My own Harajuku moment happened when I considered how much I could have written if I’d stopped making excuses. I realized that during those years, if I’d simply written a few hundred words every day, I could have completed several novels. The revelation hit me: if I’d just sacrificed a few things to write, I could have penned my own version of Harry Potter. I knew that I’d been legitimately busy. Family, work, professional education, financial woes—all of these things took up time and energy over the years. However, when I considered that in spite of my obligations, I’d spent thousands of hours doing other things to relax, I realized that I was a big liar. Somehow, even though I’d sworn that I had no time to write, I’d still found time to watch Netflix, play games on my phone, and sleep in. This really got to me. 

In a single moment, I was struck by the truth that if writing was truly important to me, I would find time to do it. It’s like Jim Rohn says: “If you really want to do something, you'll find a way; if you don’t, you'll find an excuse." That's a great way to think about the Harajuku moment: it's being confronted with the knowledge that our situation could be much different. It can only be different, however, if we take action.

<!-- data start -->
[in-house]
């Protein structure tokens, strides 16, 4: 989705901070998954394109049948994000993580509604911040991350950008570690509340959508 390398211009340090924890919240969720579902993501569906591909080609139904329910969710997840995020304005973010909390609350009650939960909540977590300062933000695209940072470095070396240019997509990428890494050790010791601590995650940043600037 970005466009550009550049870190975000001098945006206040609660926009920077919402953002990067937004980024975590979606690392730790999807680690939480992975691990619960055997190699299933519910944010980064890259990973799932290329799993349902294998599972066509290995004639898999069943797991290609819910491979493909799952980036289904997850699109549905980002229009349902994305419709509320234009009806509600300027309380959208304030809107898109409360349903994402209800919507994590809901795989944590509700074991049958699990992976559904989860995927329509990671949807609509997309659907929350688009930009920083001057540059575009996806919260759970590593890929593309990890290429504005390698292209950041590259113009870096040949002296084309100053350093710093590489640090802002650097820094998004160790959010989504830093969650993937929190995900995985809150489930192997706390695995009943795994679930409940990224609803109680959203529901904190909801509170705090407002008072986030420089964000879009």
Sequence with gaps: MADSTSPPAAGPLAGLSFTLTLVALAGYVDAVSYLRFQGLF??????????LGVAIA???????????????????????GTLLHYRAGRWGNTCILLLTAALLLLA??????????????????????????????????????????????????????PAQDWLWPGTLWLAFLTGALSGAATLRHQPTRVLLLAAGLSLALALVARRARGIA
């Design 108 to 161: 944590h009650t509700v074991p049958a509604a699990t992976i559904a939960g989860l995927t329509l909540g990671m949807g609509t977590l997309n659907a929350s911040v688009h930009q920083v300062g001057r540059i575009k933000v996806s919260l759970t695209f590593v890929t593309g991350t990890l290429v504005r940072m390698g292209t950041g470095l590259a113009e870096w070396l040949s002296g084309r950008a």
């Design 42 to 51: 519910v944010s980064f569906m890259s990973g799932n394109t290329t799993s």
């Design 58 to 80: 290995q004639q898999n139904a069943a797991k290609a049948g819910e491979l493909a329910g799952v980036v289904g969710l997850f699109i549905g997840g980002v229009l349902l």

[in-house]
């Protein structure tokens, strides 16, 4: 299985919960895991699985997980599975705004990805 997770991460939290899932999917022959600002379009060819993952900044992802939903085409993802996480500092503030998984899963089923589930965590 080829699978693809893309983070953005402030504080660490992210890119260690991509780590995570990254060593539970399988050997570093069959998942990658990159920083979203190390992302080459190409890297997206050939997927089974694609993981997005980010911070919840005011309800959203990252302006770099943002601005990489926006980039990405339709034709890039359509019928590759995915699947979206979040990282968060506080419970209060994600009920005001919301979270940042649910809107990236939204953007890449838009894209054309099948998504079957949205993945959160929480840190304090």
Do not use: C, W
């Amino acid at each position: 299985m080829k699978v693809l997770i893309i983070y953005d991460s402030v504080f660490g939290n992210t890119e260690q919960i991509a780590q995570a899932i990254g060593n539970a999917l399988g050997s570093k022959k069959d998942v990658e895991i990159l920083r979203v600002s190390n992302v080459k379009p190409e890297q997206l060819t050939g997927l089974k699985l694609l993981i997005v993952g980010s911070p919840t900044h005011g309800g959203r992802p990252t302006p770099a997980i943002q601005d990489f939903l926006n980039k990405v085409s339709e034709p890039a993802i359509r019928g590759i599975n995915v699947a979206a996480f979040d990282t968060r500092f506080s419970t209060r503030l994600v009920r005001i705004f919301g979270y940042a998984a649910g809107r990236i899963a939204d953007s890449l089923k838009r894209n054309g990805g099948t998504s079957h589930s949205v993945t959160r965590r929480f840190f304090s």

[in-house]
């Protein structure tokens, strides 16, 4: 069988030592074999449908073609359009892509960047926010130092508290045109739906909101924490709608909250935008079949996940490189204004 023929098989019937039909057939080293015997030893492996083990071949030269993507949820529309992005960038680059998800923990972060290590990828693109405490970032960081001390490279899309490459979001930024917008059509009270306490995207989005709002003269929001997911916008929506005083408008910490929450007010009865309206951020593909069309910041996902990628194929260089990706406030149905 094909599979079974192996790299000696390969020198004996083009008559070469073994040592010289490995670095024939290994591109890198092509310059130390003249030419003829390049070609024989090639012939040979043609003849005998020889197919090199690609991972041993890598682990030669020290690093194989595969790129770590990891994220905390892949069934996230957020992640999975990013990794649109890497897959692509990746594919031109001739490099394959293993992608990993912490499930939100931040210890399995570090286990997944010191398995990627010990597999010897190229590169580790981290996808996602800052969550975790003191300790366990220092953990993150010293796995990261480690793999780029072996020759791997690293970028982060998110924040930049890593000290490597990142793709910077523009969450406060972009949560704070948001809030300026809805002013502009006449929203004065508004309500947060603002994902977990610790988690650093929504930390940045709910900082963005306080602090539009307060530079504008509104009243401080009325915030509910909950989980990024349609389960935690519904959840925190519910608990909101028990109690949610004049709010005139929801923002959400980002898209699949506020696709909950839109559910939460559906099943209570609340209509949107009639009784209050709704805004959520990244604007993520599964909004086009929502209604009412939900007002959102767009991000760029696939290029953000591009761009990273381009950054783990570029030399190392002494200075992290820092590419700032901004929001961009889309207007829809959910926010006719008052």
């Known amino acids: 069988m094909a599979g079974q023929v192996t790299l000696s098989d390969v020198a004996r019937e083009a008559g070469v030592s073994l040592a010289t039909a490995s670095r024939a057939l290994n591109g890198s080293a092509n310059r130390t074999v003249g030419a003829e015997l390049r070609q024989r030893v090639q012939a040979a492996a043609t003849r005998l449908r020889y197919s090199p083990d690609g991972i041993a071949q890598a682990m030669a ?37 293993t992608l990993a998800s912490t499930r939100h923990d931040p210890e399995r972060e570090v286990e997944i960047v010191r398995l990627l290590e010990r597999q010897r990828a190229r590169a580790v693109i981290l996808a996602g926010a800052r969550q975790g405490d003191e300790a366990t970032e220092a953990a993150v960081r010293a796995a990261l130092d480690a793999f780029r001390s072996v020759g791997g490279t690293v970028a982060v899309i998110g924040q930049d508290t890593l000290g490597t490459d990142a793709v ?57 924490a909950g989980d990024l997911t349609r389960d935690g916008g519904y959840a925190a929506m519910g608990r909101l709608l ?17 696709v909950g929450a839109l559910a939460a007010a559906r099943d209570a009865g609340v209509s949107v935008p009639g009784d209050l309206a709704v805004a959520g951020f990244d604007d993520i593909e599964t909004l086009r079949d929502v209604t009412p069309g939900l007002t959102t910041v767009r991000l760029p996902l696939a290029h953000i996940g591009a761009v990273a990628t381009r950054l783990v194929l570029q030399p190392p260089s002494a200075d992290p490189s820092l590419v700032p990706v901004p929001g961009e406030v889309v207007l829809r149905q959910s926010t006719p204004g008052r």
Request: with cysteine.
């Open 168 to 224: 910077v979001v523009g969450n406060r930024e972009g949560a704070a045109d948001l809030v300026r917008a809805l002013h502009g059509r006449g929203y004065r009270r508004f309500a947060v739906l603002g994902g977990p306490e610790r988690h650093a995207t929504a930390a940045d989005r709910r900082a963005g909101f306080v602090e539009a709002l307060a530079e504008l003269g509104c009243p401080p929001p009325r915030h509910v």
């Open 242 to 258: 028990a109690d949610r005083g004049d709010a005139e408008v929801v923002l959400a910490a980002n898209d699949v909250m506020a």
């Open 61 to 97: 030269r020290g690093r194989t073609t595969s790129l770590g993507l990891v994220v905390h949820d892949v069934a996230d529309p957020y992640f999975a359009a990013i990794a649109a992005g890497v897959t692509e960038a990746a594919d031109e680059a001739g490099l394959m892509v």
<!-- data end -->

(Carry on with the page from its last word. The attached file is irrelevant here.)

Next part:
In Which I Curse You

What it took for me to change is the same thing that I wish upon you: a Harajuku moment. If you are serious about becoming be a writer, but you haven't taken action to insure that it will become a consistent part of your life, then I hope you experience a dramatic episode of truthful reckoning. I don't say this lightly. I know that most people who want to write have good reasons if they fail. But if the act writing is truly important to you—if it offers you self discovery, the power of expression, the ability to think clearly, or the ability to help others—then I want you to reach a state of existential discomfort that will push you to become a writer. 

It’s much, much better to be filled with resolve than to be filled with regret. If writing is important to you, I hope you will take the steps to make it a part of your life. If that Harajuku moment is necessary, I wish it upon you.